The issue of Jerusalem will likely remain as volatile as ever. Perhaps that will accelerate the efforts of an intra-Palestinian reconciliation between Hamas and Fatah.

A safe, Jewish and democratic Israel could only ever exist under a two-state resolution. An absolute majority of senior officials regularly repeat this message.

The truth is that the settlements are not beneficial for Israel’s security if they contribute to the radicalization of terrorist organizations. In Judea and Samaria, IDF armed forces are disproportionately invested in protecting settlements and traffic routes, in contrast to Gaza and the Northern front.

Counterterrorism does not rely on settlements but rather on intelligence, field control, and operational freedom. Our demand in earlier negotiation rounds on a Permanent Status Agreement for a secure border in the Jordan Valley does not require the application of Israeli sovereignty there.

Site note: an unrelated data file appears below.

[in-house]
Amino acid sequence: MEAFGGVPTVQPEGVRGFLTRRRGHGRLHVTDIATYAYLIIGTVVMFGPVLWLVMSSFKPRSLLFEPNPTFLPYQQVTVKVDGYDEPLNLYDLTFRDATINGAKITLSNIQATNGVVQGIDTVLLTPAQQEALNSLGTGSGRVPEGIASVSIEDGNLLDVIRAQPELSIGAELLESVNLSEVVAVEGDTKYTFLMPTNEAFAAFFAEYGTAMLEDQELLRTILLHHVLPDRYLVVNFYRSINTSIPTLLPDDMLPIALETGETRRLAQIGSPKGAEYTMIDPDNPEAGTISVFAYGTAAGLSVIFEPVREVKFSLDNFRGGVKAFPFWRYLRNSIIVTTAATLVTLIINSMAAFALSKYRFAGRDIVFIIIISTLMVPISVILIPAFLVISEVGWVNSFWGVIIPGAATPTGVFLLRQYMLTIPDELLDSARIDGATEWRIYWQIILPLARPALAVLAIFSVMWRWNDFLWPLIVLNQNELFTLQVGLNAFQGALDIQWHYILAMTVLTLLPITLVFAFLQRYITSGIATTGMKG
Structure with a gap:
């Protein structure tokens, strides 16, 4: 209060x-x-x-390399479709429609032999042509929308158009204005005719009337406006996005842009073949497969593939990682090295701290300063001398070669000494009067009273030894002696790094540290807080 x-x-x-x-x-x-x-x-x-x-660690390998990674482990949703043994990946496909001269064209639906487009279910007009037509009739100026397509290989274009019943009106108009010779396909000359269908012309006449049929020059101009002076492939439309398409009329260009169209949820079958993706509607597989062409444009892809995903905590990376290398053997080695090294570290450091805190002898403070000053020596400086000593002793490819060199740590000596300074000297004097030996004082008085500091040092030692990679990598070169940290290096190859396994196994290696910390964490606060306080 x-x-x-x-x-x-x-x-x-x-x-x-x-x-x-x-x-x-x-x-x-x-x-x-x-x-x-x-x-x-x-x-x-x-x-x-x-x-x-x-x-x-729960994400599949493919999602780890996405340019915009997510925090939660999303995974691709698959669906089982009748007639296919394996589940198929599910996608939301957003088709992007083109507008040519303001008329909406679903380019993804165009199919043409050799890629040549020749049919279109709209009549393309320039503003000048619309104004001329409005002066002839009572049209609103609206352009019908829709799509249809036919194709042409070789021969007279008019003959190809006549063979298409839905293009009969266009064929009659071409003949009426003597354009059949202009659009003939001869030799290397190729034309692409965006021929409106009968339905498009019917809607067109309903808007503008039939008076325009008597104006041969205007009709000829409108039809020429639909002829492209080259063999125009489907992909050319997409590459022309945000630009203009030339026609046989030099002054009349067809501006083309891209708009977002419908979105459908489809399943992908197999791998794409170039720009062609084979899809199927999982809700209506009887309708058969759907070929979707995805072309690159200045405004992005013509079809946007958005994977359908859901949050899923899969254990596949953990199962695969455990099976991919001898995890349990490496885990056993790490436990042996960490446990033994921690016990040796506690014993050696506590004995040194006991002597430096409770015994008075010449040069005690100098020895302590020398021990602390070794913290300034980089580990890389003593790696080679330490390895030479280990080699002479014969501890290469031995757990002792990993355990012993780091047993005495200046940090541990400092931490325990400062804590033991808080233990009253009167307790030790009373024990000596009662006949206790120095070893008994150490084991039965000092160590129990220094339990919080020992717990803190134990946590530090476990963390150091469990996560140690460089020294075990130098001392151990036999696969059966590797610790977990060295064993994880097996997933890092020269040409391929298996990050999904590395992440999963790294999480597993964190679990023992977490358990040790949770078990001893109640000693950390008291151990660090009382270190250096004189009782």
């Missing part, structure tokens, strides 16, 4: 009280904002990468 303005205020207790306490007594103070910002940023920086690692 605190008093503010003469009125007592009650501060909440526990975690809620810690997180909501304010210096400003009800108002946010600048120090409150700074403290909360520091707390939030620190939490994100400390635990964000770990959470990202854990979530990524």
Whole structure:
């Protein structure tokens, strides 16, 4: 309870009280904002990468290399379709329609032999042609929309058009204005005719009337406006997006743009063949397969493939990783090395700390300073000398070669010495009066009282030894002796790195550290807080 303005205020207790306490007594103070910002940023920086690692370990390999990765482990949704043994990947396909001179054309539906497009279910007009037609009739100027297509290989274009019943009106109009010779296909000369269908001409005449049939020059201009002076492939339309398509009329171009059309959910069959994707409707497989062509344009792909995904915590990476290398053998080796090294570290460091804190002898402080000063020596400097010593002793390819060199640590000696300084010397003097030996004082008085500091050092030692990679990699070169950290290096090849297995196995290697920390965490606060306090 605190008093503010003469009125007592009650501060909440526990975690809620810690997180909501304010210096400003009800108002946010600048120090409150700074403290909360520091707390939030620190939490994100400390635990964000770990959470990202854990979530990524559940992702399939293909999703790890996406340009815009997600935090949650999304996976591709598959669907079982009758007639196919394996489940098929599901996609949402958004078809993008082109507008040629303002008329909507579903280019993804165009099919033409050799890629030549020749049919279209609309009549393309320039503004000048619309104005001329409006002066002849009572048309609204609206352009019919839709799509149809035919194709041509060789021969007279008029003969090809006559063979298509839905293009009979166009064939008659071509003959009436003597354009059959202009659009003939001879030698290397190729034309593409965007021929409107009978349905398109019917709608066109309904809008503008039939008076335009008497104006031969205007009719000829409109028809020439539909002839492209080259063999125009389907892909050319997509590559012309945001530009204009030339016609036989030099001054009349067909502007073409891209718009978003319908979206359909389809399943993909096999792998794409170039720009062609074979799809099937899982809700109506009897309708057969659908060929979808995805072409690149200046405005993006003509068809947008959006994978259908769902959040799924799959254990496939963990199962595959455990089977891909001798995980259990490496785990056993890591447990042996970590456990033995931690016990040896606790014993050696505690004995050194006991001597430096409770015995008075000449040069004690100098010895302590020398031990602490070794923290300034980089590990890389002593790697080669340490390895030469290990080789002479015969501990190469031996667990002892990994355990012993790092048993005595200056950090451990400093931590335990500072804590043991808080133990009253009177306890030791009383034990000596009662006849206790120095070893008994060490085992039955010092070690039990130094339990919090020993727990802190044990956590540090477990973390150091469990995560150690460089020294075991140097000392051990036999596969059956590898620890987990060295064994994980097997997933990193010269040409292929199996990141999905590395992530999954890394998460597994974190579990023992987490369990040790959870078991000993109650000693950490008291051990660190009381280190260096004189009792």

Securing the Zionist enterprise requires courage, leadership, and national responsibility. Without it, Israel will suffer delegitimization, demonization, international isolation and the erosion of its own core values, and be beholden to imposed solutions — albeit by friendly administrations.

Therefore, the two viable states for two peoples reality is indispensable. It is in the benefit of a Jewish, democratic Israel, and consistent with the Zionist vision while recognizing the Palestinians right to self-determination.

It is attainable through a series of transitional phases, interim agreements and constructive independent steps — all compliant with a continuous regional and bilateral negotiation process.

An internal Israeli dialogue and a participatory process are also essential, to amend schisms within the society.

Both Israel and the Palestinians will need the international community, the U.S. and President Trump’ hands-on, continuous, long-term assistance after the plan much more than they needed it before the plan was laid out.

Gilead Sher, a former Israeli senior peace negotiator who was Chief of Staff to Prime Minister Ehud Barak, heads the Center for Applied Negotiations at the Institute for National Security Studies INSS in Tel Aviv. Attorney Sher served recently as a visiting professor at Georgetown University and is Rice University’s Baker Institute Fellow in Middle East Peace and Security in Honor of Yitzhak Rabin.